1
Sequencing Problems
Consider the problem of sequencing a set of
n
jobs on a single machine with all of the
jobs initially available for processing.
The objective is to sequence the jobs on the
machine so as to minimize an additive function of the completion times of the jobs.
We
assume that each job
i
has a due date
d
i
, a starting time
s
i
that is a function of the
sequence, a processing time
t
i
, and a penalty weight of being late of
w
i
.
The job
completion time
c
i
is
s
i
+
t
i
.
The function g measures the penalty of the schedule with
respect the job
i
, where
g
(
s
i
,
i
)
=
w
i
(
s
i
+
t
i
−
d
i
),
if
s
i
+
t
i
≥
d
i
,
0
otherwise.
⎧
⎨
⎩
The problem at hand then is to select the permutation of the jobs {1,
"
,
n
} which
minimizes the sum of the penalties.
Let
P
be the collection of all permutations of the job
set, let
p
be a particular permutation and define
p
(
j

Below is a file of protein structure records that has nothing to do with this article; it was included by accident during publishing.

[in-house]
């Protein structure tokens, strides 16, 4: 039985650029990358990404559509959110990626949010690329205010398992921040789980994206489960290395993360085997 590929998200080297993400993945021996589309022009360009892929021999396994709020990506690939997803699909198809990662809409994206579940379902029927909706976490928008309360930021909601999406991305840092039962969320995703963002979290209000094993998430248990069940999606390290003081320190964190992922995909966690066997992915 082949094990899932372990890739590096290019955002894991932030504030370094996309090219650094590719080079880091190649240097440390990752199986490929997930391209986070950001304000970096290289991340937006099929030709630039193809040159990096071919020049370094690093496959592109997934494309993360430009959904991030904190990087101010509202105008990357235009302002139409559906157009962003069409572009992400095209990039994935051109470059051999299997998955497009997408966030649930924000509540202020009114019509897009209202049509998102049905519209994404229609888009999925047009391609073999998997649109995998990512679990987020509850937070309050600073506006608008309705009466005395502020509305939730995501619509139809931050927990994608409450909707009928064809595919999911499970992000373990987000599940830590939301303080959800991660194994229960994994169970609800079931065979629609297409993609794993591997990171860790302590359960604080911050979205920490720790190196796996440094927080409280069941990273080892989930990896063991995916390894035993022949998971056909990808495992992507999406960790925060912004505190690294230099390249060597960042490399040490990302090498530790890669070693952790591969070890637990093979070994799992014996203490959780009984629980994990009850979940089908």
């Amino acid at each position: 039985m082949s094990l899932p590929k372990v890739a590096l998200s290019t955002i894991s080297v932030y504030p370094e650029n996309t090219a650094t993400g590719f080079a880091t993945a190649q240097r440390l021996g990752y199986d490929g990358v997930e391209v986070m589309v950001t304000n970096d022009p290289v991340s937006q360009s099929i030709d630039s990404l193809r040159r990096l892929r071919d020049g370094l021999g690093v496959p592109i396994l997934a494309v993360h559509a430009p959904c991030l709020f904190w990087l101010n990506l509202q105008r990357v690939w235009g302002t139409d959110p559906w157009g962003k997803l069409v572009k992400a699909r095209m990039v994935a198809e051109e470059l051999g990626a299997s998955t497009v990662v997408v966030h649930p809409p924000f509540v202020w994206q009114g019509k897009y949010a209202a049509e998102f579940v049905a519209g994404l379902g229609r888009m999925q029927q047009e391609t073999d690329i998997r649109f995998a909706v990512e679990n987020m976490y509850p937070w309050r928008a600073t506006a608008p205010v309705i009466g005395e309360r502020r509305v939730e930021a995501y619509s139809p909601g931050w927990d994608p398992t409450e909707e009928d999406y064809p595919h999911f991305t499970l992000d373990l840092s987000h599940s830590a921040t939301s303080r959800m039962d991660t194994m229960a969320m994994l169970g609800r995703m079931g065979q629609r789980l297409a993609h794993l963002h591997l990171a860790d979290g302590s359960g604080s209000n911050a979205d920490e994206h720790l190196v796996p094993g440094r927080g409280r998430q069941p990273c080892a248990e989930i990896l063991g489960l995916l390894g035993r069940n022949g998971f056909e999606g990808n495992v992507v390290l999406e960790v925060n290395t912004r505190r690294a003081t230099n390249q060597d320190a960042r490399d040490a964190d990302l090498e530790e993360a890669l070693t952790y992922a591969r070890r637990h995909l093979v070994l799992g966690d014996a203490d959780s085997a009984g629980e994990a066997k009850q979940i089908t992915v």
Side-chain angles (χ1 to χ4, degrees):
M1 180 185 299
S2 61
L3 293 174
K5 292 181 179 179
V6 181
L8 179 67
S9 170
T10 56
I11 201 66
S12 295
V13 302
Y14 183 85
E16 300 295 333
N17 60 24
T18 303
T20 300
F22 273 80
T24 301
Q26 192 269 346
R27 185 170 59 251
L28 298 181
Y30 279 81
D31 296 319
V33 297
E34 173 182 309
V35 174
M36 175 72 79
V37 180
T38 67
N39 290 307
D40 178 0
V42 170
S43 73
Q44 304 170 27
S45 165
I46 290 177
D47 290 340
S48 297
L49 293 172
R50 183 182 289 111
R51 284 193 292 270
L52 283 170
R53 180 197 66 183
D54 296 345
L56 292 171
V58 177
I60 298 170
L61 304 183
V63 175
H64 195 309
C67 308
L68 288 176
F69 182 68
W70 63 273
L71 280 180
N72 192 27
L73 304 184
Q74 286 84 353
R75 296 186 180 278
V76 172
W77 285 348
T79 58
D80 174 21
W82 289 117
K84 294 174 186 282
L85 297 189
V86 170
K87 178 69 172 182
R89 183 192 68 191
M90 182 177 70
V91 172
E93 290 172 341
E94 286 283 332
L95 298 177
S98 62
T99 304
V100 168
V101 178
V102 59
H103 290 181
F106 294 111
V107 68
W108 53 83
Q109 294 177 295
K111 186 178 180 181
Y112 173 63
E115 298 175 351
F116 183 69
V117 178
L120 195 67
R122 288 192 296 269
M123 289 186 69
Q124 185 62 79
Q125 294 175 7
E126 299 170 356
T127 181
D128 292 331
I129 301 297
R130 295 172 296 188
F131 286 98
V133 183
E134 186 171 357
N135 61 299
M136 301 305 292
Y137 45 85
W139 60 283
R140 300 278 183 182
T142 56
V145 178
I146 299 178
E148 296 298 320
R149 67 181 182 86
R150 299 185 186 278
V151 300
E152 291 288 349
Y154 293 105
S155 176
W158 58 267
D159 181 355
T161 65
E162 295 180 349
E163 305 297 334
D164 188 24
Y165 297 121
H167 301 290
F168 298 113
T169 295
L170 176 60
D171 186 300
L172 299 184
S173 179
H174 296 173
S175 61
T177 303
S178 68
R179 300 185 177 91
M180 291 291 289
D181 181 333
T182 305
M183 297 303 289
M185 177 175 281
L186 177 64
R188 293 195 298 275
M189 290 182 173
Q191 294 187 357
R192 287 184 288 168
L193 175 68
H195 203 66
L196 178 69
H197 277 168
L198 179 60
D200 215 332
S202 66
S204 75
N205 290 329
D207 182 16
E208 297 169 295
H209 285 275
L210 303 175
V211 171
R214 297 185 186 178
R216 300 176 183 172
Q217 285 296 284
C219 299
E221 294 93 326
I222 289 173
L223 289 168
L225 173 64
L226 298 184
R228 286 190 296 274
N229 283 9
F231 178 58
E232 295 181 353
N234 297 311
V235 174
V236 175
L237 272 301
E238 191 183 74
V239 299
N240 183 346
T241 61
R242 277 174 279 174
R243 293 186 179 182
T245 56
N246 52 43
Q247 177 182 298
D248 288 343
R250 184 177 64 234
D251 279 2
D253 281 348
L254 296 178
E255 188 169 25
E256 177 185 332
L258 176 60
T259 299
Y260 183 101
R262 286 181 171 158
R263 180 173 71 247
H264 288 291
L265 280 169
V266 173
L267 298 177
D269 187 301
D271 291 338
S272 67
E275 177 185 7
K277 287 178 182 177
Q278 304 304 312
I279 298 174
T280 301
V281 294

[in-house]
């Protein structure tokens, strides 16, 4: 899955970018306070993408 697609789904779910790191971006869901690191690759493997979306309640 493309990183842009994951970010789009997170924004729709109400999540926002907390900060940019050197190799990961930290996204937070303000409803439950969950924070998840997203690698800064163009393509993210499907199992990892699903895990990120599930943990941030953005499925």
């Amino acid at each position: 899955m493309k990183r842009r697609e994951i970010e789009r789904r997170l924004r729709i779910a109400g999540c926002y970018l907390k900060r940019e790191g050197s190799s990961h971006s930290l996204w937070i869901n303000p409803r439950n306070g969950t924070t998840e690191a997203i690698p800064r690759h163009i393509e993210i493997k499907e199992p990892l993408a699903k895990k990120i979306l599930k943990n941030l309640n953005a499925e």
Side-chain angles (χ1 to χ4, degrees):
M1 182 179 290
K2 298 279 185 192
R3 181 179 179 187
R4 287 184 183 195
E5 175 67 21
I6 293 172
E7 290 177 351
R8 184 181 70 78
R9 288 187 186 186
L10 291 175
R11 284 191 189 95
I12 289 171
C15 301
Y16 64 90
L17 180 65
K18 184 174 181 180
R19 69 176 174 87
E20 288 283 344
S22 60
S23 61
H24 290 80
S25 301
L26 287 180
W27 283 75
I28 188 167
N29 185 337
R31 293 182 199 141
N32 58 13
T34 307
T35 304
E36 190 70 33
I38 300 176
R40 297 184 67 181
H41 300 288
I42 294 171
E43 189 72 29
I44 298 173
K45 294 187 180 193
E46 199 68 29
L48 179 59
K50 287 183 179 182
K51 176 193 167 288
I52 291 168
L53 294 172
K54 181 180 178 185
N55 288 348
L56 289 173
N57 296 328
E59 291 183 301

) as the
j
th
job in the permutation
p
.
The
j
th job in the sequence (permutation) we denote
s
p
(
j
)
as the starting time,
t
p
(
j
)
as the
processing time, and
d
p
(
j
)
as the job's due date.
Then the value of the objective for
permutation
p
∈
P
is
g
(
s
p
(
j
)
,
p
(
j
))
j
=
1
n
∑
,
and the objective is to find the permutation
p
∈
P
which minimizes this function.
There are
n
! permutations in the permutation set
P
and for small problems it is
relatively easy to compute all of these and select the best one with respect to the objective
function measure.
For example, the four job problem (sequence the job set {1,2,3,4}) we
have only 24 sequences to consider.
For a ten-job problem, however, the number of
sequences to be explicitly considered is 3,628,800.
So exhaustive enumeration quickly
becomes infeasible.
In his book on sequencing and scheduling, French [1982] gives a
comparison between the computational efforts of dynamic programming and exhaustive
enumeration for the
n
-job sequencing problem (see Table 1).
To put these numbers in
perspective, if it takes one micro-second (10
-6
seconds) to perform one operation
(addition, subtraction, or comparison) then to exhaustively solve the 20-job sequencing
problem, it would take ten million years.
To solve the 20-job sequencing problem by
dynamic programming would only take about one minute, but, the 40-job problem would